May 18, 2022 - News

Atlanta police want more cash and more officers

Illustration of police lights shown through the shape of a police hat.

Illustration: Brendan Lynch/Axios

The Atlanta Police Department is asking for $235 million to be included in next year’s budget to combat rising crime, hire new cops, and stave off the exodus of officers fleeing for better-paying jobs in the suburbs.

Here’s a peek at how they plan to spend it.

Driving the news: On Tuesday, Atlanta Police chief Rodney Bryant pitched his final budget to the Atlanta City Council.

The big picture: Homicides in Atlanta are up and violent crimes related to a small number of nightlife businesses remain a focus.

  • Like many police forces across the country, APD faces “significant” challenges retaining and recruiting officers and E-911 dispatchers.

Details: The upcoming fiscal year starts July 1, and APD’s ask is $4 million more than the previous budget. The department’s budget has risen by roughly $30 million over the past three years.

  • 86% of the spending plan would go to personnel. As of March, the latest month for which statistics are available, the force has 1,616 sworn officers — well below the 2,000 that previous mayors and chiefs have tried to hire.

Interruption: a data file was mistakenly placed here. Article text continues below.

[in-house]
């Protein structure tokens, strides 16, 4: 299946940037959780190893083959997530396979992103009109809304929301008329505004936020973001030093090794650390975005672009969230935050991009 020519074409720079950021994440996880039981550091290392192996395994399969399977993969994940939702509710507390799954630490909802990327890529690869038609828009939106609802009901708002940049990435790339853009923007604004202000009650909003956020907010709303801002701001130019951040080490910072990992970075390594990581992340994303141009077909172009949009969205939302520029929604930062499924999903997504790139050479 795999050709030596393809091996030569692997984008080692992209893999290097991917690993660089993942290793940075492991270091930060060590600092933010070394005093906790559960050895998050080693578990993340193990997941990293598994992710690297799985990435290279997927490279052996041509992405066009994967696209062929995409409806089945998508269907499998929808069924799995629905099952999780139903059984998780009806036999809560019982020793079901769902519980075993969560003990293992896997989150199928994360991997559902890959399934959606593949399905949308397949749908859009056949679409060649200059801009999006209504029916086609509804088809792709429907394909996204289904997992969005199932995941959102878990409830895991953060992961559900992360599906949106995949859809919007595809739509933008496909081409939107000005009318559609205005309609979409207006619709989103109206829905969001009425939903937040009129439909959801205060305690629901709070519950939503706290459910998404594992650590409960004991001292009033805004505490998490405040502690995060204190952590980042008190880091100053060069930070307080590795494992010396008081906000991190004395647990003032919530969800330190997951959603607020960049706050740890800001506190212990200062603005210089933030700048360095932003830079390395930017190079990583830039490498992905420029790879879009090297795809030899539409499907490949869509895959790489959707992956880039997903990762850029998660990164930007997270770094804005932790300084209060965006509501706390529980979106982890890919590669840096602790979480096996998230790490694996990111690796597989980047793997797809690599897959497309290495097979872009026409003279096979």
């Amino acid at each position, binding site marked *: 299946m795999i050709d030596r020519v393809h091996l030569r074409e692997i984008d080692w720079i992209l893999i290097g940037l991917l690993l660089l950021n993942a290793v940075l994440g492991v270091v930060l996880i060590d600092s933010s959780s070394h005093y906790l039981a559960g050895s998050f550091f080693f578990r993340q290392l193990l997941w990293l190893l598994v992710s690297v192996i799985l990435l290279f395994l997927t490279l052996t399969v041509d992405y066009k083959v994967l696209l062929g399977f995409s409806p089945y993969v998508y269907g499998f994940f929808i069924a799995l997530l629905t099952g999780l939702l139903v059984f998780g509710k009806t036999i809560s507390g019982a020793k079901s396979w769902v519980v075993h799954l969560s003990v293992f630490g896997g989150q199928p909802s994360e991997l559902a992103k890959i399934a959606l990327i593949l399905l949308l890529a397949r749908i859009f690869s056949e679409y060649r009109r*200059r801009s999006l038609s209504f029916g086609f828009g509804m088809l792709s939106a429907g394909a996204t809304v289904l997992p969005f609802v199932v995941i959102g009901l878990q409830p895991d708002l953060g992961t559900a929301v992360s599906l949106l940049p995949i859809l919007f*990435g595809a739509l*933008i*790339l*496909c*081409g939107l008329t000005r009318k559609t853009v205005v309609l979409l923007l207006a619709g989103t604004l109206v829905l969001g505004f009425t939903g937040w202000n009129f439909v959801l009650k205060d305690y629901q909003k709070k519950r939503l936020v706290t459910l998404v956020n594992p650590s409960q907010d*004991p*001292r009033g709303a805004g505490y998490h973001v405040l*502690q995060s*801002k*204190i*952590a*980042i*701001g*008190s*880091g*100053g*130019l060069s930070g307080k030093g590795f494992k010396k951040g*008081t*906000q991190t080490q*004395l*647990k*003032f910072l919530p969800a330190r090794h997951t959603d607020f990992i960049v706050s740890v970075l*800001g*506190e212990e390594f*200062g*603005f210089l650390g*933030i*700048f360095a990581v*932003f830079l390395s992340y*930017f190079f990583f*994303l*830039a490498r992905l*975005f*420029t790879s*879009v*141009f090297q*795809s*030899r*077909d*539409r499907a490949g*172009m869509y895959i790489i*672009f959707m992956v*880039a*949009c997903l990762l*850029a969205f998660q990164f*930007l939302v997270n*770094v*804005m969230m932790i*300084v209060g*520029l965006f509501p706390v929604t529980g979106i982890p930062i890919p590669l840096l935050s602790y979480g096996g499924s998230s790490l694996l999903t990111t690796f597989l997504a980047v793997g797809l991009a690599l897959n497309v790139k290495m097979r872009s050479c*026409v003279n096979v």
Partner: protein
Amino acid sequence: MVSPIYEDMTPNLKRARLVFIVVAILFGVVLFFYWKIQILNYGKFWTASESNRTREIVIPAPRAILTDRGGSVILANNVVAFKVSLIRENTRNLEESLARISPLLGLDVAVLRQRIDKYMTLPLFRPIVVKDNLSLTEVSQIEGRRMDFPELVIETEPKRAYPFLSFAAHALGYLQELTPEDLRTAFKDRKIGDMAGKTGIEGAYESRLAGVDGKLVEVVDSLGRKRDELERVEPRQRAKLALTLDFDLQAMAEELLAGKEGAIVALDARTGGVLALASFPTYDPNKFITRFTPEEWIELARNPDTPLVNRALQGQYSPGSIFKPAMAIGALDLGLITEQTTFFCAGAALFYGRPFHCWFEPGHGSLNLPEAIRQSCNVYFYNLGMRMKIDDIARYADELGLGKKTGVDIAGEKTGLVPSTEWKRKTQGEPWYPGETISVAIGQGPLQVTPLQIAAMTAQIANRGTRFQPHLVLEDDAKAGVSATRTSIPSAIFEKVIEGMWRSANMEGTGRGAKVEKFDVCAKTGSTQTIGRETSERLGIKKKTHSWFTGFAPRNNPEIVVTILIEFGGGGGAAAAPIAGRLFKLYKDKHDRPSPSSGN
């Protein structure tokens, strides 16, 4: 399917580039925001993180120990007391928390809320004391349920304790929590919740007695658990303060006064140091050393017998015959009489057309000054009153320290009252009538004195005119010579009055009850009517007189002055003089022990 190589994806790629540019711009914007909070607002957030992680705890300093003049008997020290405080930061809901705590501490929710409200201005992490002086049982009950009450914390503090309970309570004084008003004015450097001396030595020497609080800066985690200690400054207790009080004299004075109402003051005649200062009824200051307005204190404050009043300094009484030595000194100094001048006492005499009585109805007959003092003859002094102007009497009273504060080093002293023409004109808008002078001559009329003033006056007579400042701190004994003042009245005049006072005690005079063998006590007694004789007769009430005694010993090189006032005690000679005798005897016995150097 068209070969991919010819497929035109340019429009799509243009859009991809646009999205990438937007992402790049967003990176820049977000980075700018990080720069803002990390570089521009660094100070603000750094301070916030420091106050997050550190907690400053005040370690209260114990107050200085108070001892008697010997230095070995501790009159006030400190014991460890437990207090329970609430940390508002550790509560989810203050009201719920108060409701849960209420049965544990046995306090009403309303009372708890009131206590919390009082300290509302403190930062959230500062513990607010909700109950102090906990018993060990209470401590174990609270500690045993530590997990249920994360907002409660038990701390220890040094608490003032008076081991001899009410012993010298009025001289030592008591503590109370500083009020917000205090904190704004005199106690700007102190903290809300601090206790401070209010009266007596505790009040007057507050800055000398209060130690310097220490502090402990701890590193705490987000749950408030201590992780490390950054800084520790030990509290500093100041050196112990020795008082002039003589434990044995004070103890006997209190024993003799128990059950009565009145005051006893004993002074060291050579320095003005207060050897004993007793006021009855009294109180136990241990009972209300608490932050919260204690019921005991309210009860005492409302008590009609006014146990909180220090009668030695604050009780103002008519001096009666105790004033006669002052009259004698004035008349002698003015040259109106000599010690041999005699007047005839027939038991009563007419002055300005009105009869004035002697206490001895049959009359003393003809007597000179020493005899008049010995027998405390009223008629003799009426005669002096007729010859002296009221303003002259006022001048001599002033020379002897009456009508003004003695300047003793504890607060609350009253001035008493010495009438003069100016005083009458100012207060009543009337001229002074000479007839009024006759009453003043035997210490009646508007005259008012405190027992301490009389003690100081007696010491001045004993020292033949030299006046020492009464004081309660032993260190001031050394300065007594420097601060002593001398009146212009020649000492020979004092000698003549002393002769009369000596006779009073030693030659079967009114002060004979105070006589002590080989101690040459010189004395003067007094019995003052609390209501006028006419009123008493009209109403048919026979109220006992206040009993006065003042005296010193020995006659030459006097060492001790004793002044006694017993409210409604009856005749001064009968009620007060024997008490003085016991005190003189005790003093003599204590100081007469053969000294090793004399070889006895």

• The department is confident, however, that Mayor Andre Dickens’ goal of hiring 250 new officers is feasible.

APD plans to create a chief operating officer position to boost morale, address equipment shortages and help manage day-to-day operations.

  • The position is part of an effort to "civilianize" some aspects of APD leadership, Bryant said — a break from the department's practice of shuffling majors to different divisions and then up the ranks.

The intrigue: The department’s proposed budget for E-911 is roughly $150,000 less than last year’s spending plan. That drop comes at a time when call volumes are up and staffing is down.

  • The division can handle the decrease, APD brass said, thanks to increasing awareness about 311 and new technology that would route lower-priority calls to other departments.

What they're saying: Kamau Franklin of Community Movement Builders, a social justice organization based in Lakewood Heights, said other parts of the budget that could holistically improve public safety, like affordable housing, deserve more attention.

This story is part of Axios Atlanta’s partnership with Atlanta Civic Circle, Capital B*, Canopy Atlanta, and the Center for Civic Innovation to report on the city budget.

Follow along at #ATLBudget on Twitter and Instagram.


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